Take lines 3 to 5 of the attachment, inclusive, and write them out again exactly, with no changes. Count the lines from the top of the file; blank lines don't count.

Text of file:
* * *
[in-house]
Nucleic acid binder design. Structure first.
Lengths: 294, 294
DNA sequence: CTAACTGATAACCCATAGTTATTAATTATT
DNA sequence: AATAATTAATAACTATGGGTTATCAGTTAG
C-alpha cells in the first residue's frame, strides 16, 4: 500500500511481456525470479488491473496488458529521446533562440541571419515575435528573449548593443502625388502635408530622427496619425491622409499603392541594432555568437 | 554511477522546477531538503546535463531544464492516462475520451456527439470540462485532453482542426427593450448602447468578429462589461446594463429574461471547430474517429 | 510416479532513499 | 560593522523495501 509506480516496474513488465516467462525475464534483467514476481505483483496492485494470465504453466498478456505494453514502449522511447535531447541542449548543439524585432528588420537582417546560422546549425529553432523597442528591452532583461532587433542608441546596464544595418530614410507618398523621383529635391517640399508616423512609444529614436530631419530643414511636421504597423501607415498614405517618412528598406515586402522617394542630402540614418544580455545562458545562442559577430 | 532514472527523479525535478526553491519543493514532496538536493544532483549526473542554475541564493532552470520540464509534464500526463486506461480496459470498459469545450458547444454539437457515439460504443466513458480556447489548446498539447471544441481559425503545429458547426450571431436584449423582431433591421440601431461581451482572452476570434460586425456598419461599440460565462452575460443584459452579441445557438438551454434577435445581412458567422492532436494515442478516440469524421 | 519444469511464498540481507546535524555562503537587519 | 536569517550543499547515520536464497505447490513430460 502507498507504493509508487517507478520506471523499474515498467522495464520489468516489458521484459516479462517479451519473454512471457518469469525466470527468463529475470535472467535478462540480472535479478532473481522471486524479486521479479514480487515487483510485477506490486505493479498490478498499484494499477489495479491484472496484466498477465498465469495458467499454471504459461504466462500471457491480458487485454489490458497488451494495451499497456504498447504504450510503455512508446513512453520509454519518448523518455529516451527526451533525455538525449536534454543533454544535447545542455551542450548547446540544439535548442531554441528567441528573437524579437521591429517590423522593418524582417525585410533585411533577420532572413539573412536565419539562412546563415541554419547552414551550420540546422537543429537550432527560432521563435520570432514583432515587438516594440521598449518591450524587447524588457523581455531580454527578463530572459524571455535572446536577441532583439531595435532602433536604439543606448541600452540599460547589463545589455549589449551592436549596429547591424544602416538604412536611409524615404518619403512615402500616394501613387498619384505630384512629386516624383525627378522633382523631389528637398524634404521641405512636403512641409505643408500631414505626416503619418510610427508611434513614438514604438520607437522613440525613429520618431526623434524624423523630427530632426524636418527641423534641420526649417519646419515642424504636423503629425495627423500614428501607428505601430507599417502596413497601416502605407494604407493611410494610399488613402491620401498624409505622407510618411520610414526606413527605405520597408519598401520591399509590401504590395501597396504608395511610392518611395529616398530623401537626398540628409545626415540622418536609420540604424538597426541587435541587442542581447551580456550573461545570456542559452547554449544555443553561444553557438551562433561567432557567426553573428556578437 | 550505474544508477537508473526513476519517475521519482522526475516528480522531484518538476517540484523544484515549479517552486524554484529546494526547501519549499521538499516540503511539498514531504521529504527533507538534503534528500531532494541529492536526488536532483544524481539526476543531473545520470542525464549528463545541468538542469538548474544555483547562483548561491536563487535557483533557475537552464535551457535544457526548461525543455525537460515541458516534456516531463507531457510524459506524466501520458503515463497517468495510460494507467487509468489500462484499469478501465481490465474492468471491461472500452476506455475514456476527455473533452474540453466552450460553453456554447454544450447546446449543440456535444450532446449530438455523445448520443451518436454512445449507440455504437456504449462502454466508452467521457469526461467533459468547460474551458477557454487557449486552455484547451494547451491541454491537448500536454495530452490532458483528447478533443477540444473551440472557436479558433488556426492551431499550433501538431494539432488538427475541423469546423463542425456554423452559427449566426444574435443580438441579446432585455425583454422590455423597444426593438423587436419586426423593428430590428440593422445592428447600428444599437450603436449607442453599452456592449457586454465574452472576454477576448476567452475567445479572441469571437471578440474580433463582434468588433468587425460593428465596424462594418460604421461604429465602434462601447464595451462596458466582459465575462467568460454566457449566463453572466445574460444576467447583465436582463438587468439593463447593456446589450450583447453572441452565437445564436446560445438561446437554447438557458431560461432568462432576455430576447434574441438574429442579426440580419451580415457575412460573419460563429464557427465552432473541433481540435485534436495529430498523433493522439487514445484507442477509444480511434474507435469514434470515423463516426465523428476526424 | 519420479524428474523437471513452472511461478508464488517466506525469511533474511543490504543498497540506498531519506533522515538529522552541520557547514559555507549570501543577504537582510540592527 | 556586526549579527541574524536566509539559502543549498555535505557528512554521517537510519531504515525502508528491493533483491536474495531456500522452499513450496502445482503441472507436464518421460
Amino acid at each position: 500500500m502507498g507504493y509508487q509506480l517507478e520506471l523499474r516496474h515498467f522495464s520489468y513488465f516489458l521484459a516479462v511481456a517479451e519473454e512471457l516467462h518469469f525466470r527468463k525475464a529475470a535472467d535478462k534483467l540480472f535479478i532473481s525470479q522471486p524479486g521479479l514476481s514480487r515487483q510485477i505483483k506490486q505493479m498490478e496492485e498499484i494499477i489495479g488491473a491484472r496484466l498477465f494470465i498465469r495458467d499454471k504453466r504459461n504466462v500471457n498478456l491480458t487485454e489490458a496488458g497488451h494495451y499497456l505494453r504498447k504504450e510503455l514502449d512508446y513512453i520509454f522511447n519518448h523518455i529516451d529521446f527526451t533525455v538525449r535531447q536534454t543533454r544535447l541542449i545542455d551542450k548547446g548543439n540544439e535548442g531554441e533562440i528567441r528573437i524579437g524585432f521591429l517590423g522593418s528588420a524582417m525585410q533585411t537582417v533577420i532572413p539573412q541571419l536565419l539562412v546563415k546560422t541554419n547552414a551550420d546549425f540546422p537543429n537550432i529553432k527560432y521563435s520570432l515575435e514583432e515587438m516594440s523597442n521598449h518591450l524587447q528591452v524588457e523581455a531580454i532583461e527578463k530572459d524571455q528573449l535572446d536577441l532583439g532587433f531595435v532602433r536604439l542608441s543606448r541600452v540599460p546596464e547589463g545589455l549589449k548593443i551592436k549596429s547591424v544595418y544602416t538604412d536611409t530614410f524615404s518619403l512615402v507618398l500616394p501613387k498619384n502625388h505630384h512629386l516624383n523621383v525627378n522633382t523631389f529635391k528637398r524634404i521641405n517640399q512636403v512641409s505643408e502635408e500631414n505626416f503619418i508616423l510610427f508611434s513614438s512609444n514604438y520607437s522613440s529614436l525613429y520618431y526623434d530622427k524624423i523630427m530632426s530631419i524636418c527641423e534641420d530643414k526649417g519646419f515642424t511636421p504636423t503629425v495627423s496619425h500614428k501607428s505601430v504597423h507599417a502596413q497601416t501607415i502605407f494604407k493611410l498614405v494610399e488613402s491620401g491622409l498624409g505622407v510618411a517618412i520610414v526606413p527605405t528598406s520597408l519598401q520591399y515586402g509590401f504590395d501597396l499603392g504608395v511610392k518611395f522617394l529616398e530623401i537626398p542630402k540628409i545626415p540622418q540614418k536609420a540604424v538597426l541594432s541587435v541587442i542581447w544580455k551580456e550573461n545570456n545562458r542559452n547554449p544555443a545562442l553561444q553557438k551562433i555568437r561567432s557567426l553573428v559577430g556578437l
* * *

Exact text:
Lengths: 294, 294
DNA sequence: CTAACTGATAACCCATAGTTATTAATTATT
DNA sequence: AATAATTAATAACTATGGGTTATCAGTTAG